REVIEW: CHANDELIER – ZACH JACKSON (BROKEN SLEEP BOOKS)

I have authored a devil
in me
to cull in me
to lace these boots with rainbows and wade the bogs to
Breathe smoke in the cryogeny
Break dismal syntax
of existing as
abomination

from “Lottery”

Think back to before the digital sky overshadowed the world. Think back to small hands, poppy seeds, summer scenery, vermillion skies, and the sound of a film spool falling off its wheel. Think back to when the clouds were the movies of the sky. The Sun gave way to set changes, blue skies to backdrops, and the moon – a final curtain call.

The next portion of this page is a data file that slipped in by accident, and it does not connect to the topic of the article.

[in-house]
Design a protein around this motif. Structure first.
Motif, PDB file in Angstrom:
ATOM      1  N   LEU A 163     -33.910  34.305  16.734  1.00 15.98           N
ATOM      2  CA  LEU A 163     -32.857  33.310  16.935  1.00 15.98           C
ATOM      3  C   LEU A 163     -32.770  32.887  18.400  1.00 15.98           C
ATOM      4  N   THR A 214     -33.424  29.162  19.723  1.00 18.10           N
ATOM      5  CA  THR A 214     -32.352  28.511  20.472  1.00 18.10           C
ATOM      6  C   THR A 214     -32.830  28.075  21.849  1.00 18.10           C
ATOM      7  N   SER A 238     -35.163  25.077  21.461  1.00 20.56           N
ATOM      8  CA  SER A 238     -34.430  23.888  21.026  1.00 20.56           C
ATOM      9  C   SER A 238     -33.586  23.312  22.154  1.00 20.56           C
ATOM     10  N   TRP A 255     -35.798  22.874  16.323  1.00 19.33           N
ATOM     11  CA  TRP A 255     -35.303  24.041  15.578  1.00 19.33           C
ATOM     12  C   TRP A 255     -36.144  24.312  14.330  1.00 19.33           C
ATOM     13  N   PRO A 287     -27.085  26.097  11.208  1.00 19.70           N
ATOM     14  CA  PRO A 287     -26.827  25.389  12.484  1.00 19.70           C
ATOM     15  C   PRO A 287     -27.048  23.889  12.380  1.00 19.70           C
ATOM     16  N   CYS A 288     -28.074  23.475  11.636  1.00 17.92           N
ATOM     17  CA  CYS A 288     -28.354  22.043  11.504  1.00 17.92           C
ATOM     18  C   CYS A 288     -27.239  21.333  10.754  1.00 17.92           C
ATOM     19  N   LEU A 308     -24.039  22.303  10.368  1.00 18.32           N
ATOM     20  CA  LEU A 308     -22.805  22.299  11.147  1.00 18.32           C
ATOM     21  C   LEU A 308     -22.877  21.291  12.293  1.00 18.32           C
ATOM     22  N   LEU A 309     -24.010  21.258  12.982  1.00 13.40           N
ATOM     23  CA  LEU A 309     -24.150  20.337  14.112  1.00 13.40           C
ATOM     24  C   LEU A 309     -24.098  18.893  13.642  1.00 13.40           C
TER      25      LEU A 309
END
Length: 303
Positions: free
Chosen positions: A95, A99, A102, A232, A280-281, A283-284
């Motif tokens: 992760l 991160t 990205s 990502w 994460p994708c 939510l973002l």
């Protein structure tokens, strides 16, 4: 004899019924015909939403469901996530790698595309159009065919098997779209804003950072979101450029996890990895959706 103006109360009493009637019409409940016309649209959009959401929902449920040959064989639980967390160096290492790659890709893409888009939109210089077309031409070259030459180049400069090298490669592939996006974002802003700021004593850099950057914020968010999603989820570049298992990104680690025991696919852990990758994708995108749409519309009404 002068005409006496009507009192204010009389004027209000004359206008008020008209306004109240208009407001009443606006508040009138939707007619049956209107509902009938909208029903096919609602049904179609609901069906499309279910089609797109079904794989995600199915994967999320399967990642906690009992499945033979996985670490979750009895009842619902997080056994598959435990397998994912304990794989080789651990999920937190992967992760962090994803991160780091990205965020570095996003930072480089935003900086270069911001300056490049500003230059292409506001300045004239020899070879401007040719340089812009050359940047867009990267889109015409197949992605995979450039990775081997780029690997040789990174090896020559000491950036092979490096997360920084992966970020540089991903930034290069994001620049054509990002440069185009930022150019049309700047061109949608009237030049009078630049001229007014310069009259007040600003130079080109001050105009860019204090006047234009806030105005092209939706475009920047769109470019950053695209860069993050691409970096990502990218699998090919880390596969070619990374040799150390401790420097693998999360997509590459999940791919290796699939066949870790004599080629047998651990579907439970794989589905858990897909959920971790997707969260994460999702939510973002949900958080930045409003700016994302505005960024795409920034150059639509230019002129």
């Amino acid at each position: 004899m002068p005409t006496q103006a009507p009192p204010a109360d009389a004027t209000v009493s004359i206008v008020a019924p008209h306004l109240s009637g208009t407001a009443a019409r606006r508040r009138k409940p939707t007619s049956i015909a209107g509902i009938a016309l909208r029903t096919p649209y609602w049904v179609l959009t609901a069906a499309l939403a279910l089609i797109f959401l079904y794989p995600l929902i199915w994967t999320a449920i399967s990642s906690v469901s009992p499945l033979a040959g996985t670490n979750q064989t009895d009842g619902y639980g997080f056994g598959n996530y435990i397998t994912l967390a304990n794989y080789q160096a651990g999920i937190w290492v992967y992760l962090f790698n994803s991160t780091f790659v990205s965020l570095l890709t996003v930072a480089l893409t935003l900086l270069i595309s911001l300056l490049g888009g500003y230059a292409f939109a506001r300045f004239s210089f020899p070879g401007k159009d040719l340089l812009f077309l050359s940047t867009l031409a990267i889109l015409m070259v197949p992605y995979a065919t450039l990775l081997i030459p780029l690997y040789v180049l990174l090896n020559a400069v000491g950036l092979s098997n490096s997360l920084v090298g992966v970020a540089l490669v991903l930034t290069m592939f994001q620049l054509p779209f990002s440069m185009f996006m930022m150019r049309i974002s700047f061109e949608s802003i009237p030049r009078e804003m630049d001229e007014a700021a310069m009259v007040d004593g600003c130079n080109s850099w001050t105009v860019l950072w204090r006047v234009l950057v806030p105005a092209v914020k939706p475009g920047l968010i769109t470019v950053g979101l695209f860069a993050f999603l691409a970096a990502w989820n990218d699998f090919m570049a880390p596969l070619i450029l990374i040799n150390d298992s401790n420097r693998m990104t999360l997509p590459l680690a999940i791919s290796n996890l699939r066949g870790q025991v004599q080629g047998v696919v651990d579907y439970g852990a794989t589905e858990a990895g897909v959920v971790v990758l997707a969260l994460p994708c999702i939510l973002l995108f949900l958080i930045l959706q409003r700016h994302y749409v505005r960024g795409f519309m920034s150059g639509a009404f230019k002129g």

Zach Johnson’s Chandelier (Broken Sleep Books) is the evil color of sundown mixed with mother’s voice; the way scenery sets mood, and day turns night turns day, and the “dust brews like strong forgotten tea.” This chapbook is a fight between what should be good, and what follows during when the moon goes down. It is English language caught between the tides.

Because we are the authors of devils. Because we only know our story through the science and the syntax and the skylines. Because we breathe the smoke and duck the “wide swing satellites.” Because we exist, we can continue to swing from this fragile chandelier, and “wait for a coffin to shake / or a pallbearer to die / while the grave, for me, / already darkly / hollows.”

Purchase your copy of Chandelier from Broken Sleep Books.

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